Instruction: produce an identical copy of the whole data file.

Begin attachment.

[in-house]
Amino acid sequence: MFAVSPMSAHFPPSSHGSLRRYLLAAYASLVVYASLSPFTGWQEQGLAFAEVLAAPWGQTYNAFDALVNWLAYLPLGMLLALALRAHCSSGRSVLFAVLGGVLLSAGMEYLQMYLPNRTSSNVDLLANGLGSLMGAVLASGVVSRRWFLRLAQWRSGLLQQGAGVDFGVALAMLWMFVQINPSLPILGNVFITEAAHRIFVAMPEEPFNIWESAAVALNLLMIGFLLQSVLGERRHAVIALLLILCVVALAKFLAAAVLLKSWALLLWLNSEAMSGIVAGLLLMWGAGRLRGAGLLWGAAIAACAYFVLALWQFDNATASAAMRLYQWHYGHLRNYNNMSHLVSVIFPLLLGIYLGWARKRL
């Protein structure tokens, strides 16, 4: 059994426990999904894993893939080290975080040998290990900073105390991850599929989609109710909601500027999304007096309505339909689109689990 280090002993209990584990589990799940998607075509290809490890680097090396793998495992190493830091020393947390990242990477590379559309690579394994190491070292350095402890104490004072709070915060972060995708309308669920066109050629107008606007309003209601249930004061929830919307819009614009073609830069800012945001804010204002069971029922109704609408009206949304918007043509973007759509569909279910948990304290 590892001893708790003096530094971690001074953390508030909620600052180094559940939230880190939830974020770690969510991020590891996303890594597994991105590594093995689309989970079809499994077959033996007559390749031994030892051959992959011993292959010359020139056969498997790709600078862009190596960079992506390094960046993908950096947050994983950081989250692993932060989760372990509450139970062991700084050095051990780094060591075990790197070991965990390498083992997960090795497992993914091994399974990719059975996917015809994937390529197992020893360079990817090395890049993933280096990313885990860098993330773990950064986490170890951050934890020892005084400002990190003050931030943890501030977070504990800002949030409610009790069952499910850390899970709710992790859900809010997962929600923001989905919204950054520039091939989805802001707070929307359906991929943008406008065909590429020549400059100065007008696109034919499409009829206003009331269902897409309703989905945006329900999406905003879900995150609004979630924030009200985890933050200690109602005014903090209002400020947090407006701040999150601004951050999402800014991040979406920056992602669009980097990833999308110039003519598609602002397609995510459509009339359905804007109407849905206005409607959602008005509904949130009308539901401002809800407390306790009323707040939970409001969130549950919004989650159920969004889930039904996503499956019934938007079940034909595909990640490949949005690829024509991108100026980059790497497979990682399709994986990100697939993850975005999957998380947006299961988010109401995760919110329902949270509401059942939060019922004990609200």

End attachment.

[in-house]
Amino acid sequence: MFAVSPMSAHFPPSSHGSLRRYLLAAYASLVVYASLSPFTGWQEQGLAFAEVLAAPWGQTYNAFDALVNWLAYLPLGMLLALALRAHCSSGRSVLFAVLGGVLLSAGMEYLQMYLPNRTSSNVDLLANGLGSLMGAVLASGVVSRRWFLRLAQWRSGLLQQGAGVDFGVALAMLWMFVQINPSLPILGNVFITEAAHRIFVAMPEEPFNIWESAAVALNLLMIGFLLQSVLGERRHAVIALLLILCVVALAKFLAAAVLLKSWALLLWLNSEAMSGIVAGLLLMWGAGRLRGAGLLWGAAIAACAYFVLALWQFDNATASAAMRLYQWHYGHLRNYNNMSHLVSVIFPLLLGIYLGWARKRL
């Protein structure tokens, strides 16, 4: 059994426990999904894993893939080290975080040998290990900073105390991850599929989609109710909601500027999304007096309505339909689109689990 280090002993209990584990589990799940998607075509290809490890680097090396793998495992190493830091020393947390990242990477590379559309690579394994190491070292350095402890104490004072709070915060972060995708309308669920066109050629107008606007309003209601249930004061929830919307819009614009073609830069800012945001804010204002069971029922109704609408009206949304918007043509973007759509569909279910948990304290 590892001893708790003096530094971690001074953390508030909620600052180094559940939230880190939830974020770690969510991020590891996303890594597994991105590594093995689309989970079809499994077959033996007559390749031994030892051959992959011993292959010359020139056969498997790709600078862009190596960079992506390094960046993908950096947050994983950081989250692993932060989760372990509450139970062991700084050095051990780094060591075990790197070991965990390498083992997960090795497992993914091994399974990719059975996917015809994937390529197992020893360079990817090395890049993933280096990313885990860098993330773990950064986490170890951050934890020892005084400002990190003050931030943890501030977070504990800002949030409610009790069952499910850390899970709710992790859900809010997962929600923001989905919204950054520039091939989805802001707070929307359906991929943008406008065909590429020549400059100065007008696109034919499409009829206003009331269902897409309703989905945006329900999406905003879900995150609004979630924030009200985890933050200690109602005014903090209002400020947090407006701040999150601004951050999402800014991040979406920056992602669009980097990833999308110039003519598609602002397609995510459509009339359905804007109407849905206005409607959602008005509904949130009308539901401002809800407390306790009323707040939970409001969130549950919004989650159920969004889930039904996503499956019934938007079940034909595909990640490949949005690829024509991108100026980059790497497979990682399709994986990100697939993850975005999957998380947006299961988010109401995760919110329902949270509401059942939060019922004990609200």